Since the severe acute respiratory syndrome coronavirus 2 (SARS-CoV-2) infection and the resulting coronavirus disease 2019 (COVID-19) emerged in late 2019, millions of people globally have become infected and suffered serious complications or died. COVID-19 vaccine development started in January 2020, when the SARS-CoV-2 genetic sequence was released by the CDC and disseminated globally by the Global Initiative on Sharing All Influenza Data. Recently, two vaccines for COVID-19 from Pfizer-BioNTech and Moderna received emergency-use authorization in the United States. With the distribution of vaccines across the country, many have approached their local pharmacist with questions about the administration, dosing, side effects, and efficacy of the available options.
Novel Mechanisms of Action
The SARS-CoV-2 virus has a protein that protrudes from the surface like a “spike.” This protein is the method by which the virus attaches itself to our cells. Early in the pandemic, scientists were able to identify the genomic structure of the protein spike. The vaccine delivers the mRNA of the spike protein to the body, and the body, in turn, develops antibodies against the spike protein of the SARS-CoV-2 virus. Thus, when the body next comes into contact with the virus, these antibodies should attack the virus protein spike, making it unable to attach and infect cells.
Like the COVID-19 vaccines available today, mRNA-based vaccines do not contain a live virus or even denatured DNA of the full virus. Only the mRNA for the protein spike is included in the vaccine. It is not possible to contract COVID-19 from the vaccine itself. The Pfizer-BioNTech and Moderna COVID-19 vaccines demonstrated a 94% to 95% efficacy rate for preventing infection. Both show early evidence of lowered disease severity if one becomes infected after vaccination. Because of the sensitive nature of the mRNA, both formulations require cold storage and freezing for distribution. For specific instructions on storage requirements, consult the product packaging.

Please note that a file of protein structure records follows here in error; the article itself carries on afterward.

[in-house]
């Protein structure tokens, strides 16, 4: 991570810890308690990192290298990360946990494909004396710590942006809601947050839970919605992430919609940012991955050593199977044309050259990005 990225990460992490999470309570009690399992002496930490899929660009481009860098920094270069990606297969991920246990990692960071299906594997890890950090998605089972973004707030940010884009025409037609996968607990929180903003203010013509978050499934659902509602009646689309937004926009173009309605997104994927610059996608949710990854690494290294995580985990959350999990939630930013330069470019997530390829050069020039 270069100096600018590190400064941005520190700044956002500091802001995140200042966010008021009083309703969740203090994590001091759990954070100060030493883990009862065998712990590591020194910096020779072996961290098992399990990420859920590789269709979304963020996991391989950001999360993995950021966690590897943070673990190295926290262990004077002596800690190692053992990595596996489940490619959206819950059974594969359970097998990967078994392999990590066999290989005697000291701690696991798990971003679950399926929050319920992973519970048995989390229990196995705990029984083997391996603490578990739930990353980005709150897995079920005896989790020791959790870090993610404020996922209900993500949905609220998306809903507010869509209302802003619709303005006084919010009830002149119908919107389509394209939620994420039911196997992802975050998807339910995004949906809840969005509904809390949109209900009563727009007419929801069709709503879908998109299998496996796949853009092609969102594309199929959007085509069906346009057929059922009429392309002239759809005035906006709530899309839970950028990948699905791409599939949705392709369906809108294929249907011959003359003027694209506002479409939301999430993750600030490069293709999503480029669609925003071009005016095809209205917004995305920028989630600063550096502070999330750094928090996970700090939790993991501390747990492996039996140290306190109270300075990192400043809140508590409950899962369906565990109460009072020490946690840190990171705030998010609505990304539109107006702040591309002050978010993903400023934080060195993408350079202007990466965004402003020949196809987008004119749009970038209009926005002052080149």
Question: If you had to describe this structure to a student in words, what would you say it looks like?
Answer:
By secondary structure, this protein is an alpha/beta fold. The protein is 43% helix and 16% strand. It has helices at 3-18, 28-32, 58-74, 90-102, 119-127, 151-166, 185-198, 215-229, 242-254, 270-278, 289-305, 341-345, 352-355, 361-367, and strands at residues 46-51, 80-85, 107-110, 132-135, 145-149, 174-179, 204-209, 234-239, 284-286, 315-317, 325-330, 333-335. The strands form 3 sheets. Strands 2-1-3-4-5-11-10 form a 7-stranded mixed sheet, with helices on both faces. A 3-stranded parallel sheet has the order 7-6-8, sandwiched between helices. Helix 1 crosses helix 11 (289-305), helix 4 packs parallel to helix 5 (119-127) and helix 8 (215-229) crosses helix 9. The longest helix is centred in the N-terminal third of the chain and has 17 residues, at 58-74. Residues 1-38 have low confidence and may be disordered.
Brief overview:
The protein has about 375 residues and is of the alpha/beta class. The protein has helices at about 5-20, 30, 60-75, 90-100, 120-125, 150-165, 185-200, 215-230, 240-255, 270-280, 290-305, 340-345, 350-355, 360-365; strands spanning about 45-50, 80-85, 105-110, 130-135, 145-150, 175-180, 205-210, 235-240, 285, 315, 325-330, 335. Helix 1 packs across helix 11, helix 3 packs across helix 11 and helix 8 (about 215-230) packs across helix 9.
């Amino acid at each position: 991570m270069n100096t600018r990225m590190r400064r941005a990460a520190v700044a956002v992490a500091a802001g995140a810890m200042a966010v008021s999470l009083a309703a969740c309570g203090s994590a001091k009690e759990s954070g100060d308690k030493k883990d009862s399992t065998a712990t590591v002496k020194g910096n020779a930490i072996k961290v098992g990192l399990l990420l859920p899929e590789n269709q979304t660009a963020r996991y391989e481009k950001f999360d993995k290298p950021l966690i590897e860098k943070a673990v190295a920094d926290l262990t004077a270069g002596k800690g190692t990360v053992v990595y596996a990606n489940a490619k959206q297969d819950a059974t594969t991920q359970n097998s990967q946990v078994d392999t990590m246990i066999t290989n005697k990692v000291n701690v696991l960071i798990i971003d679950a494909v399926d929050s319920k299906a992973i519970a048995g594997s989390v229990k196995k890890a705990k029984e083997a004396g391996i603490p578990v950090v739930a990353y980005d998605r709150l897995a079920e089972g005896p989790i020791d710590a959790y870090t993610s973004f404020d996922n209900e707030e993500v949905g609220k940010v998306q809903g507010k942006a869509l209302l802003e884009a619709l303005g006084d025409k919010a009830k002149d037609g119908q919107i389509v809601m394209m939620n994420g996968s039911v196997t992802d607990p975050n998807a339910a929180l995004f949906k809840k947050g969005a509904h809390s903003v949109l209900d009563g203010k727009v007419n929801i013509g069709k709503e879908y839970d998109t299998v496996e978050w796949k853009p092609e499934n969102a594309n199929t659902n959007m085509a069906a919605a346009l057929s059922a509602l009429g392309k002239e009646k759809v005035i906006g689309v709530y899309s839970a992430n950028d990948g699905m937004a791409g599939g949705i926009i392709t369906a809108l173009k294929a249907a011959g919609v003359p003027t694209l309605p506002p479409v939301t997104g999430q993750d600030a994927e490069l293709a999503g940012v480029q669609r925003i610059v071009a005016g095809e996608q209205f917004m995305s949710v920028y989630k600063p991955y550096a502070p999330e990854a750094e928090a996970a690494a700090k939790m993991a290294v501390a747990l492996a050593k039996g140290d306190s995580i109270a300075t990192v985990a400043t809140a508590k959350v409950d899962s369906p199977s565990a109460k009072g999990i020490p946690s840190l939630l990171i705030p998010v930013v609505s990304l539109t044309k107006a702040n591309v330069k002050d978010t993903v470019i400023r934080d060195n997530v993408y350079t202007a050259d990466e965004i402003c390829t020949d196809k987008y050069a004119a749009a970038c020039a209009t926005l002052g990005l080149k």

CDC Vaccine-Distribution Recommendations
The CDC has issued recommendations for allocating the vaccine in the U.S., starting with healthcare workers and long-term-care facility residents. Ultimately, all people over the age of 16 years and without contraindications will be encouraged to become vaccinated.
Not everyone is a candidate for vaccination. Contraindications for vaccination include anyone with a previous severe or immediate allergic reaction to a COVID-19 mRNA vaccine dose, a vaccine component, or polysorbate; those younger than age 16 years; and people currently isolating or experiencing symptoms of COVID-19 (these individuals can get vaccinated once they have finished isolating and their primary symptoms have resolved). Consultation with a physician is recommended before vaccination if the individual has a history of a severe or immediate allergic reaction to any vaccine or injectable medication; is pregnant; has certain immune-compromising conditions; or is breastfeeding or taking anticoagulants.
Two Doses Are Required
Both vaccines require two doses, given 3 to 4 weeks apart depending on the formulation. It is important to receive both doses of the vaccine to achieve the appropriate protection against infection with SARS-CoV-2. The most common side effects of both vaccines include mild-to-moderate pain at the injection site, as well as fatigue, body aches, and headaches. Side effects most commonly occur after the second dose is given. Long-term side effects from either formulation have yet to be determined. Studies for both vaccine formulations are ongoing to assess longer term efficacy and safety.
It is still recommended that a mask be worn after COVID-19 vaccination. The vaccine is not 100% effective, meaning it will not work for everyone, so even if you received the vaccine, there is a small chance you can become infected. Also, it is unknown whether those who are vaccinated might still be able to spread the virus, even if they do not become infected themselves.
The content contained in this article is for informational purposes only. The content is not intended to be a substitute for professional advice. Reliance on any information provided in this article is solely at your own risk.
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